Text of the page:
31st March 2022
Exodus 32.7-14; Psalm 105; John 5.31-47
Again and again Jesus describes himself as One who was sent. [e.g. John 3.17; 4.34; 5.23-30; 6.29,38-40,57; 7.16,28-29; 8.16-18,28-29; 10.36; 11.42; 12.44-49; 13.16; 14.24; 15.21; 16.5; 17.3,21-25; 20.21] Essentially, this locution is used at least once in nearly every chapter of the Gospel. The Greek verb apostellein, from which we have derived the English word apostle, means ‘to send’. In this oft-used self-description of himself as the heavenly Father’s apostle Jesus has given us food for meditation on our own apostleship.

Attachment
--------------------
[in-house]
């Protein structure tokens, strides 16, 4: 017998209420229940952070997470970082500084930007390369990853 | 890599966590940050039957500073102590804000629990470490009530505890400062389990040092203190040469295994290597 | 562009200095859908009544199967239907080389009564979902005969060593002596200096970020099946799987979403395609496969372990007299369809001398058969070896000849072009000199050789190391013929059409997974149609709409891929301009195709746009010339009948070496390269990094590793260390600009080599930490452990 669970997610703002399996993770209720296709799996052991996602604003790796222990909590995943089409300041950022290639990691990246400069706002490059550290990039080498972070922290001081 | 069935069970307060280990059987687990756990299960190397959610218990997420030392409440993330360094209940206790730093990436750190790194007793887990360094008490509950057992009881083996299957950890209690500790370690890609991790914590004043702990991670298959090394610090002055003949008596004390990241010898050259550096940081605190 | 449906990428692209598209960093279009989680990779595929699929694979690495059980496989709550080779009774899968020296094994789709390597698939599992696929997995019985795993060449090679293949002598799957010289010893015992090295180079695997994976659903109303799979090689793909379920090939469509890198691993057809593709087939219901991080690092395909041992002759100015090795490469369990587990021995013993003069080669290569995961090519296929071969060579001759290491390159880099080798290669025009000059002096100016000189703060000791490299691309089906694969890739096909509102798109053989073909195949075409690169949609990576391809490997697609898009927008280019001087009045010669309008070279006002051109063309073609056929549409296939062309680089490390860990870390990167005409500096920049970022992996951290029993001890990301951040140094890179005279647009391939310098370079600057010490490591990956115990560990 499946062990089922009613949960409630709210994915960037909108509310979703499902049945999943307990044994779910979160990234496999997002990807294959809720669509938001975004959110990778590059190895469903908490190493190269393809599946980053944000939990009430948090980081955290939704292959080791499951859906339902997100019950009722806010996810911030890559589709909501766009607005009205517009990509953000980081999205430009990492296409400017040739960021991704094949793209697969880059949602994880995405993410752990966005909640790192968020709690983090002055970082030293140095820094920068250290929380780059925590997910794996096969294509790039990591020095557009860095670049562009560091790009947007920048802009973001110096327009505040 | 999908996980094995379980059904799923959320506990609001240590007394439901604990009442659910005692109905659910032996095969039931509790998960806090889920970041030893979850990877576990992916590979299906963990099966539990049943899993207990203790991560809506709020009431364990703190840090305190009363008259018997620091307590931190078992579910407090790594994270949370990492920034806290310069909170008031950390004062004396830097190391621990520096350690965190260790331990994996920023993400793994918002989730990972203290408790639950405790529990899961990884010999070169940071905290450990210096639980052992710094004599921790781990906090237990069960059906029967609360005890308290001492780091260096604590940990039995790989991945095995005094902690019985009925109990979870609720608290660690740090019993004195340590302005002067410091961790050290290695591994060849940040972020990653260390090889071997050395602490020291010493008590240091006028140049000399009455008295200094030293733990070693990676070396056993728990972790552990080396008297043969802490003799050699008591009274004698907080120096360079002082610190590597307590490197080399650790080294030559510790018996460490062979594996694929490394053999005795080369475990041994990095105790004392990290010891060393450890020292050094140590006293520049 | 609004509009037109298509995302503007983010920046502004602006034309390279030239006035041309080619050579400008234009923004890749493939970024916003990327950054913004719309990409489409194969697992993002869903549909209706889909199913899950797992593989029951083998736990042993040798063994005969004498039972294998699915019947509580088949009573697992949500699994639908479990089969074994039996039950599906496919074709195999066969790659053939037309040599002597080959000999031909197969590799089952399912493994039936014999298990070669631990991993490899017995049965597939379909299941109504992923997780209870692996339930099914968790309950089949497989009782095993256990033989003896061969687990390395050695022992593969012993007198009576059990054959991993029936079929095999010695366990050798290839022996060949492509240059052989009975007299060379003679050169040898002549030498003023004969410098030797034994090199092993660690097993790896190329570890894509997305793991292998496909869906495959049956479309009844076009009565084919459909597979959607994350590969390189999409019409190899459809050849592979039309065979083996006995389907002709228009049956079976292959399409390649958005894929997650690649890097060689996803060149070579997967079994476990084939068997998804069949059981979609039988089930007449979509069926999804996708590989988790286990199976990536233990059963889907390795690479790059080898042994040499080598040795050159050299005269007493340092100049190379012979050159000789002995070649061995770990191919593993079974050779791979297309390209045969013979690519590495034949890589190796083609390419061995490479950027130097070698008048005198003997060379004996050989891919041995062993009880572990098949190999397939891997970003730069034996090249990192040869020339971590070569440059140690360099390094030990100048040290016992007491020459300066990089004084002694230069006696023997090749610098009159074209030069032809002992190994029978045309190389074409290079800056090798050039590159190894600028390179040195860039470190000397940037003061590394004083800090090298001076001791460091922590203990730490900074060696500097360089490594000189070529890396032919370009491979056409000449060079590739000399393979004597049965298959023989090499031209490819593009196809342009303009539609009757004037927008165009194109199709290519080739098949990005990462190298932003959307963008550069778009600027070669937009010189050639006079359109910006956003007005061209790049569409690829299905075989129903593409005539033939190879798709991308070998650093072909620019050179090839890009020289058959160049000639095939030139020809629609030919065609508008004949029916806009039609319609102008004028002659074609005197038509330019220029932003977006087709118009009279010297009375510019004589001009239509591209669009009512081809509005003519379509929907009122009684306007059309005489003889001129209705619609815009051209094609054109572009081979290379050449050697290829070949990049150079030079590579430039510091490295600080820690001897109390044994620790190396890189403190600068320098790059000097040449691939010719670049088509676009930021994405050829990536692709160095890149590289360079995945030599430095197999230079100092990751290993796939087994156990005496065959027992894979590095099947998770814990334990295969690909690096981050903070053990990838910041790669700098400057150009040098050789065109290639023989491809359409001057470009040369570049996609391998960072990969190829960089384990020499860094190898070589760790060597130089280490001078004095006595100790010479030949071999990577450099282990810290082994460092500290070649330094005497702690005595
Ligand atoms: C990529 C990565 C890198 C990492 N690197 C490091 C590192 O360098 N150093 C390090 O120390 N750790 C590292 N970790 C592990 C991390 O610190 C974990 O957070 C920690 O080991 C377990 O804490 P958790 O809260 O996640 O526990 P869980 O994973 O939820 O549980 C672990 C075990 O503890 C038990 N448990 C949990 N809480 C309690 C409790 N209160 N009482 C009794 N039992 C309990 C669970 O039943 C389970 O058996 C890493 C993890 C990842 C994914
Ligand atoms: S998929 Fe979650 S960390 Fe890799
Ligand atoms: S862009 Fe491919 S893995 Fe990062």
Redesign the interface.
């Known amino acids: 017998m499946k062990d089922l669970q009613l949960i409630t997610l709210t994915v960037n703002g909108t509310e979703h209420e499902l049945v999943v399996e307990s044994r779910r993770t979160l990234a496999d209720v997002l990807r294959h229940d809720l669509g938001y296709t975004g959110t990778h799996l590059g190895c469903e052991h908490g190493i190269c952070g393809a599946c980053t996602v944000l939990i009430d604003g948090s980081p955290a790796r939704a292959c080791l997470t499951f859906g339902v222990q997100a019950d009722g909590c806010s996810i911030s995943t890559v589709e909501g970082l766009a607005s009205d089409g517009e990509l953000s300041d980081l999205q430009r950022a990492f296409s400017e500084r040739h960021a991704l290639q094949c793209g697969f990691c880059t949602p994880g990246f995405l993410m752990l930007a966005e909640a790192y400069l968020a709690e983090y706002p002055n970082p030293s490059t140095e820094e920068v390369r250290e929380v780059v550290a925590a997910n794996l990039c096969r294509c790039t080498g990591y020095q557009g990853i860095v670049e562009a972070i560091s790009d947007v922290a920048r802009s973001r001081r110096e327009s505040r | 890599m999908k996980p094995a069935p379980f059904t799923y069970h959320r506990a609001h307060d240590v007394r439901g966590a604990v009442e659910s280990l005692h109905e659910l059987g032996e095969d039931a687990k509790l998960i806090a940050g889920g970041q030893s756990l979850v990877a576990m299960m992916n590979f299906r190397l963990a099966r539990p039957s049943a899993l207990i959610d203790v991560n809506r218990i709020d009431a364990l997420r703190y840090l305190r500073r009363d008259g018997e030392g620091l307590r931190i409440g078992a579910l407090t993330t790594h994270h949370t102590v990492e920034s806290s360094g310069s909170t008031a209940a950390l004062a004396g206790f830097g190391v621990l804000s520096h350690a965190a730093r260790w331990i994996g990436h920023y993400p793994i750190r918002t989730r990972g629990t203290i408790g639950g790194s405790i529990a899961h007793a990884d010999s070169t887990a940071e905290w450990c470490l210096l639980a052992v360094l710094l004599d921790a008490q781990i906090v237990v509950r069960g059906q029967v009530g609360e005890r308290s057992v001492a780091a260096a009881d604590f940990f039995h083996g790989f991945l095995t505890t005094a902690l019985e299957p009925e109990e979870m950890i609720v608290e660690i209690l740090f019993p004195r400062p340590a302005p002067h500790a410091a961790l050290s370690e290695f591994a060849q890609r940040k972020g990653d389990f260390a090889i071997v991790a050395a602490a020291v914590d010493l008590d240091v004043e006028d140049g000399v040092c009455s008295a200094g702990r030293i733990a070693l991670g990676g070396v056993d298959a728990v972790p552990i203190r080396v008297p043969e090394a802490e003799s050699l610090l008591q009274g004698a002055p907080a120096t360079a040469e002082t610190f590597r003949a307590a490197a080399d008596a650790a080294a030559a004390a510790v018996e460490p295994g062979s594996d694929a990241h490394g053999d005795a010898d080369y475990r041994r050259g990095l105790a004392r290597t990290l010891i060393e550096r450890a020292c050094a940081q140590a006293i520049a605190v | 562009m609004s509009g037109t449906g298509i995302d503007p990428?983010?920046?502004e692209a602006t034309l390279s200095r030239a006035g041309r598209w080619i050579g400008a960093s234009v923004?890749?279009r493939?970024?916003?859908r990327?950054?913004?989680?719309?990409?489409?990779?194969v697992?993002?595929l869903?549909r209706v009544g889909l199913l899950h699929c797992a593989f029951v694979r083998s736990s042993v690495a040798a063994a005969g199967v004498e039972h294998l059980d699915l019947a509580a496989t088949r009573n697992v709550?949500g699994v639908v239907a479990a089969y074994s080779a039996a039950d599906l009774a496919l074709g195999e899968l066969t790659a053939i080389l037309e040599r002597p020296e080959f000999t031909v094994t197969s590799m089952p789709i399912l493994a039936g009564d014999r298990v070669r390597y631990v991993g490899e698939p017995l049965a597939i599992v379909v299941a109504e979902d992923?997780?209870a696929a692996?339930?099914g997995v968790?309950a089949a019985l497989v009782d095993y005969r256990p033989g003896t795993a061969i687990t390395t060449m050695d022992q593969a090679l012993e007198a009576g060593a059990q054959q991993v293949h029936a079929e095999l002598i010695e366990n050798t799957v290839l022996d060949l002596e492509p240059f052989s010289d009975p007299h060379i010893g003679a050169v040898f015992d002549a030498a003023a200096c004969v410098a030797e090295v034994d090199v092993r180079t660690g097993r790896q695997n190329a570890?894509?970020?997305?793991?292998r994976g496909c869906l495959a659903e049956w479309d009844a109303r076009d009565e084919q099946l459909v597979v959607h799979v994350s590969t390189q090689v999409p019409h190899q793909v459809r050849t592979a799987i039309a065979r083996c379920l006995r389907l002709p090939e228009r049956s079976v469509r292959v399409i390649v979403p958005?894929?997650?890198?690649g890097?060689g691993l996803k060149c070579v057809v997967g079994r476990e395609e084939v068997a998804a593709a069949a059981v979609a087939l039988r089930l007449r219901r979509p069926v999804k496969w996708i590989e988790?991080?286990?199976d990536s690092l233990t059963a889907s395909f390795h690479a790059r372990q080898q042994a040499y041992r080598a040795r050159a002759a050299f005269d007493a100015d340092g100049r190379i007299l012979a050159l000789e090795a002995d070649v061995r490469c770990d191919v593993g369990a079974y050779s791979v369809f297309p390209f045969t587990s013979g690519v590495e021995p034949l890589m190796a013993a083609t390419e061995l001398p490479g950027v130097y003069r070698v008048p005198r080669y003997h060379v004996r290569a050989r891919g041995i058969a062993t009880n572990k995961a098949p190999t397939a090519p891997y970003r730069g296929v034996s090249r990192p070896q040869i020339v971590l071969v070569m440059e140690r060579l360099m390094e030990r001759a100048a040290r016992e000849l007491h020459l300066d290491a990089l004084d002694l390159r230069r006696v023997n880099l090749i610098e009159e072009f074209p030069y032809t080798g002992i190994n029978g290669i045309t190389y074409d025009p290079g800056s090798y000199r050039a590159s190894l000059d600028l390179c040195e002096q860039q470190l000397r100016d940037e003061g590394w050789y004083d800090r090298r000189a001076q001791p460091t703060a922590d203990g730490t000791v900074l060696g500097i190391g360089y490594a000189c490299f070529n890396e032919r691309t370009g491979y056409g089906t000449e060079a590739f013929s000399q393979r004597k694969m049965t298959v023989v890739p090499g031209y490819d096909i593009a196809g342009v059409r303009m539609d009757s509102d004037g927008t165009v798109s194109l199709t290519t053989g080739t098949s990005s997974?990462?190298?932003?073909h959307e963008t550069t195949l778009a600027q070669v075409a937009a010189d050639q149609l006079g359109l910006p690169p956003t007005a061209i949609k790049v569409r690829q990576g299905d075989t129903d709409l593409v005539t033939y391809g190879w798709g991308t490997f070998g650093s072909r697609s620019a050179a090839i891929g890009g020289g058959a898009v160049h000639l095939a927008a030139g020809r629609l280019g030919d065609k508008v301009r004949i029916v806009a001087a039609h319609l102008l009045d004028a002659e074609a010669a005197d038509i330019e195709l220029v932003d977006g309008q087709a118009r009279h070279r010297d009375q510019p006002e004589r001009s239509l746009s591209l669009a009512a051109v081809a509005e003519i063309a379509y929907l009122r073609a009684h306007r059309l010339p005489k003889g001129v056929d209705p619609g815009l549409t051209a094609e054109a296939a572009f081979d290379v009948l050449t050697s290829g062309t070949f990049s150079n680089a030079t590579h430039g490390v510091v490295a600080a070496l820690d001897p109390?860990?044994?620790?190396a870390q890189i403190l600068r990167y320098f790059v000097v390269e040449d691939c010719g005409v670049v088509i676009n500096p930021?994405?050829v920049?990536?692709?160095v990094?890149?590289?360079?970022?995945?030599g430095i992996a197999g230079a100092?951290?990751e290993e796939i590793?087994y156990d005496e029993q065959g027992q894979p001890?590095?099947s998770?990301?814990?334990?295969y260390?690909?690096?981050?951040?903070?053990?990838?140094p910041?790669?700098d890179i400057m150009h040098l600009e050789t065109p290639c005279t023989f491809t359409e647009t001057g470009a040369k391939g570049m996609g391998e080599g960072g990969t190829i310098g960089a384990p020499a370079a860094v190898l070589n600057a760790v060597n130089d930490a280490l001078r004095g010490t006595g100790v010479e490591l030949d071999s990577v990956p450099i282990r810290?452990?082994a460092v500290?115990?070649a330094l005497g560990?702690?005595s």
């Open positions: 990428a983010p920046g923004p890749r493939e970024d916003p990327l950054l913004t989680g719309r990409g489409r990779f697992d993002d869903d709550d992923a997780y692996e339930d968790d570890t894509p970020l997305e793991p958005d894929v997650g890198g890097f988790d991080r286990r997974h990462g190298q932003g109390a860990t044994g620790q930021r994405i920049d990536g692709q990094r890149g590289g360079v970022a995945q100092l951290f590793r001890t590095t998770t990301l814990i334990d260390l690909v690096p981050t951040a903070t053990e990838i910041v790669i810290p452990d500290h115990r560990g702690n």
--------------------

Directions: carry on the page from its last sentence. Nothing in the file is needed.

The Catechism of the Catholic Church quotes the decree of Pope St Paul VI on the apostolate of the laity: ‘The Christian vocation is, of its nature, a vocation to the apostolate as well.’ ‘Indeed,’ the Catechism continues, ‘we call an apostolate every activity of the Mystical Body that aims to spread the Kingdom of Christ over all the earth.’
To do the works of the One who has sent us, though, we must be fully in him. The Christian apostolate is not a way of ‘baptising’ our own political agendas; rather, to know ourselves as ‘sent ones’ is a spiritual work of humility, subjecting our preferences and predilections to the searching gaze of the God who is the Judge of every human pretension.